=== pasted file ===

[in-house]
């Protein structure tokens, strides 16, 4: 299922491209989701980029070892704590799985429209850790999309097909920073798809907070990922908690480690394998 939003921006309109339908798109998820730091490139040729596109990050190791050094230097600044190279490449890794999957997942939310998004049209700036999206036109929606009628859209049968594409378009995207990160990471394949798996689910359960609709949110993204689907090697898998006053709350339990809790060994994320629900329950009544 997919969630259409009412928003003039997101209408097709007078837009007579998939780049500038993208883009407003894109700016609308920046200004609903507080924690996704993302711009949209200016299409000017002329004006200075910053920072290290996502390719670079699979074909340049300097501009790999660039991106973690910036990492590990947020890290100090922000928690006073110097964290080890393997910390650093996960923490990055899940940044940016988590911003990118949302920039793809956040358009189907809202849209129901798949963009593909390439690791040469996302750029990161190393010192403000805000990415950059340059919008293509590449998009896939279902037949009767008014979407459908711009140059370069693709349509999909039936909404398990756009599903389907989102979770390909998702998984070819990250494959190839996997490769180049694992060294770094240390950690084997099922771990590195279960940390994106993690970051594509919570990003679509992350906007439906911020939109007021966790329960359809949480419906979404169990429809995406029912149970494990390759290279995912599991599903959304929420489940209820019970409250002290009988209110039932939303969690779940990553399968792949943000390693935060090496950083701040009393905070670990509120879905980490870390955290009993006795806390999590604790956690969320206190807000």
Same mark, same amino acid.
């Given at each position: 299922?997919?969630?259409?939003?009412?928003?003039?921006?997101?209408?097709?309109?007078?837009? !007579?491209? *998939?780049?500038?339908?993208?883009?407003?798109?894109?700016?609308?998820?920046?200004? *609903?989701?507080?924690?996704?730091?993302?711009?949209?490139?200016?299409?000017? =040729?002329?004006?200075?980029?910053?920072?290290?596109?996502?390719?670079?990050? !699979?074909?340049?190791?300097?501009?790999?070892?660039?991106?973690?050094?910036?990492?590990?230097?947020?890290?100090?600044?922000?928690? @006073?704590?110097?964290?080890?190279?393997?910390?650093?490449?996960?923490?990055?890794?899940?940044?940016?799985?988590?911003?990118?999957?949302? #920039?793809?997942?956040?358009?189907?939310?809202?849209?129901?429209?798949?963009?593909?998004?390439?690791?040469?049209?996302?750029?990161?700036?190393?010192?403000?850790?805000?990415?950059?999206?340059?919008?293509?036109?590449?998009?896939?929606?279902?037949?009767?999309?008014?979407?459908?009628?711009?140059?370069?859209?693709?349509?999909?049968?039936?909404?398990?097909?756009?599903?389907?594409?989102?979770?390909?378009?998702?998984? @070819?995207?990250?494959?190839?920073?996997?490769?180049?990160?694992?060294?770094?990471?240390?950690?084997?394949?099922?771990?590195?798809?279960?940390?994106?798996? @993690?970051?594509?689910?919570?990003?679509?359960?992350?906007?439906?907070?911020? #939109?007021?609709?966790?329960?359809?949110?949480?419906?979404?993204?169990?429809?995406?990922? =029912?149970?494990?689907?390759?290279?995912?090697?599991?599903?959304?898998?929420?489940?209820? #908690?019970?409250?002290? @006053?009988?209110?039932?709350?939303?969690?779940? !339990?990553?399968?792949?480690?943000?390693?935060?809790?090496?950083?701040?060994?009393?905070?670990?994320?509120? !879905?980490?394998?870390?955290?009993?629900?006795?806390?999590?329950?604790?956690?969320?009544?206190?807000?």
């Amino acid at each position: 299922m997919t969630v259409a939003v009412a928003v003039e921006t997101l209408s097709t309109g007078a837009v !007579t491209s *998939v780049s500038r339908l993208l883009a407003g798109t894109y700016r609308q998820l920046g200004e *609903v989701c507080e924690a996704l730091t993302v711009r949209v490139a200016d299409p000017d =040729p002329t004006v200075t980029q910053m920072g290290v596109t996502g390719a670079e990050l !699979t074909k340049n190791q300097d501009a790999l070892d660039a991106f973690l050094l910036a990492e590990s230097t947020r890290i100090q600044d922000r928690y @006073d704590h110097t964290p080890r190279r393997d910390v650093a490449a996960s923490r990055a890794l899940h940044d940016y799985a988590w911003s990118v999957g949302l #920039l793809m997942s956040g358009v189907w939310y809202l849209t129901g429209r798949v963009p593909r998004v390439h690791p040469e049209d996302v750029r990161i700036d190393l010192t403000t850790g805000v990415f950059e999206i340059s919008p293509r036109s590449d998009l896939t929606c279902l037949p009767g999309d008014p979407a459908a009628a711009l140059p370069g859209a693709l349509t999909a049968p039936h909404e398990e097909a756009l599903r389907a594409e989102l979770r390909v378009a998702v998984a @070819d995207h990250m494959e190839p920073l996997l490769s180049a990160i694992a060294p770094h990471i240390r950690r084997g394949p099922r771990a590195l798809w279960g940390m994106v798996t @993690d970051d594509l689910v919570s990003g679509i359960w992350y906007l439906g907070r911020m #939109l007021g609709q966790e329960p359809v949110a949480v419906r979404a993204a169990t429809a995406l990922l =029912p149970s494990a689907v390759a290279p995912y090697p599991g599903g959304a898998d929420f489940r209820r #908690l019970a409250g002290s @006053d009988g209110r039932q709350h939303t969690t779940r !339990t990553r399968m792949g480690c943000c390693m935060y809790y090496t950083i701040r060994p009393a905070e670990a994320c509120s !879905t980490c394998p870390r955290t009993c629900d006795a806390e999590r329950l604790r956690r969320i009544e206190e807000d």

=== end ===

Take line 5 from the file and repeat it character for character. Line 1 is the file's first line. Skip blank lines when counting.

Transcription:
């Amino acid at each position: 299922m997919t969630v259409a939003v009412a928003v003039e921006t997101l209408s097709t309109g007078a837009v !007579t491209s *998939v780049s500038r339908l993208l883009a407003g798109t894109y700016r609308q998820l920046g200004e *609903v989701c507080e924690a996704l730091t993302v711009r949209v490139a200016d299409p000017d =040729p002329t004006v200075t980029q910053m920072g290290v596109t996502g390719a670079e990050l !699979t074909k340049n190791q300097d501009a790999l070892d660039a991106f973690l050094l910036a990492e590990s230097t947020r890290i100090q600044d922000r928690y @006073d704590h110097t964290p080890r190279r393997d910390v650093a490449a996960s923490r990055a890794l899940h940044d940016y799985a988590w911003s990118v999957g949302l #920039l793809m997942s956040g358009v189907w939310y809202l849209t129901g429209r798949v963009p593909r998004v390439h690791p040469e049209d996302v750029r990161i700036d190393l010192t403000t850790g805000v990415f950059e999206i340059s919008p293509r036109s590449d998009l896939t929606c279902l037949p009767g999309d008014p979407a459908a009628a711009l140059p370069g859209a693709l349509t999909a049968p039936h909404e398990e097909a756009l599903r389907a594409e989102l979770r390909v378009a998702v998984a @070819d995207h990250m494959e190839p920073l996997l490769s180049a990160i694992a060294p770094h990471i240390r950690r084997g394949p099922r771990a590195l798809w279960g940390m994106v798996t @993690d970051d594509l689910v919570s990003g679509i359960w992350y906007l439906g907070r911020m #939109l007021g609709q966790e329960p359809v949110a949480v419906r979404a993204a169990t429809a995406l990922l =029912p149970s494990a689907v390759a290279p995912y090697p599991g599903g959304a898998d929420f489940r209820r #908690l019970a409250g002290s @006053d009988g209110r039932q709350h939303t969690t779940r !339990t990553r399968m792949g480690c943000c390693m935060y809790y090496t950083i701040r060994p009393a905070e670990a994320c509120s !879905t980490c394998p870390r955290t009993c629900d006795a806390e999590r329950l604790r956690r969320i009544e206190e807000d």